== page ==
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"No company is totally immune from disaster, chaos, recession, you name it," Yacktman said. "But on a scale, ours tend to be most recession-proof."

Richard Cripps, chief market strategist at Legg Mason in Baltimore, said this is a good time for money managers to be fully invested.

"We have to worship the Holy Grail of open markets," Cripps said.

If the price is right, Cripps said Legg Mason managers may consider buying  financial stocks like Fannie Mae (FNM: unchanged at $75.45, Research, Estimates) and managed-care companies such as Tenet Healthcare (THC: unchanged at $56.77, Research, Estimates). Telecom stocks like Verizon Communications (VZ: unchanged at $50.70, Research, Estimates) and electric utilities like Exelon Corp. (EXC: unchanged at $55.27, Research, Estimates) are also possibilities.

"We're not radically changing what we think is good or bad based on (Tuesday's terrorist acts); we're just recognizing the psychology is radically different because of this," Cripps said.

Orlando, of Value Line, said he will be looking at defense stocks like Boeing (BA: unchanged at $43.46, Research, Estimates), United Technologies (UTX: unchanged at $66.20, Research, Estimates)  and General Electric (GE: unchanged at $39.35, Research, Estimates), as well as energy stocks like BJ Services (BJS: unchanged at $23.37, Research, Estimates), Mitchell Energy (MND: unchanged at $55.55, Research, Estimates), Apache (APA: unchanged at $48.11, Research, Estimates), and Anadarko.

Given the disruption in phone service in the Northeast, he might also look at wireless company Qualcomm (QCOM: unchanged at $50.54, Research, Estimates), Orlando said.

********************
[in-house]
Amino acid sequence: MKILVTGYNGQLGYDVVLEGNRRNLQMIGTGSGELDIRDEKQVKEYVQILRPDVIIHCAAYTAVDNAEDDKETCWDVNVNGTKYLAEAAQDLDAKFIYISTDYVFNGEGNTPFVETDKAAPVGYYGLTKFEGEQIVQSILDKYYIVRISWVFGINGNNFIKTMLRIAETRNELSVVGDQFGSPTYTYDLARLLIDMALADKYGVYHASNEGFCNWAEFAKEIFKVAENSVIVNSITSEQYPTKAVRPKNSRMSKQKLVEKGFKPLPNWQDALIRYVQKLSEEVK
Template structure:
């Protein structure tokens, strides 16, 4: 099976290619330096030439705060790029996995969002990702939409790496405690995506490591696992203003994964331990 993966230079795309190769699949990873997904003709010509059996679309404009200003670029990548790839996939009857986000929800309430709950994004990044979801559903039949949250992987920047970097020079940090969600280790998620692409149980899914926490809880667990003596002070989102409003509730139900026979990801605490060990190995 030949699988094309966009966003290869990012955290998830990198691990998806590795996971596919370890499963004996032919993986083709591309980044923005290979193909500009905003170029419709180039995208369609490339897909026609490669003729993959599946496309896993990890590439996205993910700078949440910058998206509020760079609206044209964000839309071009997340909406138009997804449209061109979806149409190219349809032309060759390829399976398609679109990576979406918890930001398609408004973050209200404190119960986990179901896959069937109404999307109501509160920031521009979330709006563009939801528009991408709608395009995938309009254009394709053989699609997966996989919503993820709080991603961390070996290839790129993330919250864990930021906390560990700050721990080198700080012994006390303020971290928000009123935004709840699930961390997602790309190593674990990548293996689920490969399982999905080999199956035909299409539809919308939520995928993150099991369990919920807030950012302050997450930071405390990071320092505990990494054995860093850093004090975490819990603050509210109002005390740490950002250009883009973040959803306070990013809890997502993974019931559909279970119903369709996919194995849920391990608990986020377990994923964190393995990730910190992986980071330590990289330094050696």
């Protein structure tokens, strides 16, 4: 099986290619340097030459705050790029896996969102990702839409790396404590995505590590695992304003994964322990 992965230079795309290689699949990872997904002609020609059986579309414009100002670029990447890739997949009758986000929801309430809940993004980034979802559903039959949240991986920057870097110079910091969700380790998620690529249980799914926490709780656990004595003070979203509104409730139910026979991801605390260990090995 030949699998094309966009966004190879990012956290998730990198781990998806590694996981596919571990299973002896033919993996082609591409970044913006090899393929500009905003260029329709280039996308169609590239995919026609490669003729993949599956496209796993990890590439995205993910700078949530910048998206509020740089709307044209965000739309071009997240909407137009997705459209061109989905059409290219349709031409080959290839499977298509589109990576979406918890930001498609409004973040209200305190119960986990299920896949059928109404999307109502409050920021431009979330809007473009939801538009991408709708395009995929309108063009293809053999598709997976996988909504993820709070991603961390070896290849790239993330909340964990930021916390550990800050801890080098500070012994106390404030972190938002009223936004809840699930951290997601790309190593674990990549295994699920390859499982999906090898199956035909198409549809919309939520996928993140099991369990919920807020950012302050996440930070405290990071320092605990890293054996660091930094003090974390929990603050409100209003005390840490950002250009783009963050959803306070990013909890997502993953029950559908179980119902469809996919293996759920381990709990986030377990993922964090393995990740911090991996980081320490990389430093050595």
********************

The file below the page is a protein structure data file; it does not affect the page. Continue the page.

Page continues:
"This is a fluid situation that changes minute by minute," Orlando said.

Wall Street after a tragedy

Looking ahead to the market open will obviously be a painful one for money managers. But history has shown that buying and selling goes on after acts of terrorism, war and other financial crises.

For example, Robert Rodriguez, manager of FPA New Income Fund and FPA Capital Fund, whose career on Wall Street spans about 30 years, was buying shares of Quick & Reilly on Black Monday, when the Dow Jones industrial average fell 500 points Oct. 19, 1987.

"We try to take advantage of other investors' emotional or irrational reactions," Rodriguez said.

Yacktman agreed, saying investors are resilient.

"Back in 1987, the day of the 500-point decline, I started buying like crazy," Yacktman said. "I spent $40 million that day."

Still, veterans of Wall Street who have seen the financial aftermath of some of history's worst tragedies, from Pearl Harbor to the assassination of President Kennedy, said this crisis is unprecedented.

"Events like this bring things to a halt and raise a level of shock that is difficult to describe," said Alan Ackerman, executive vice president of the New York brokerage Fahnestock & Co. "This is a huge catastrophe and it's one that has no parallel in history." graphic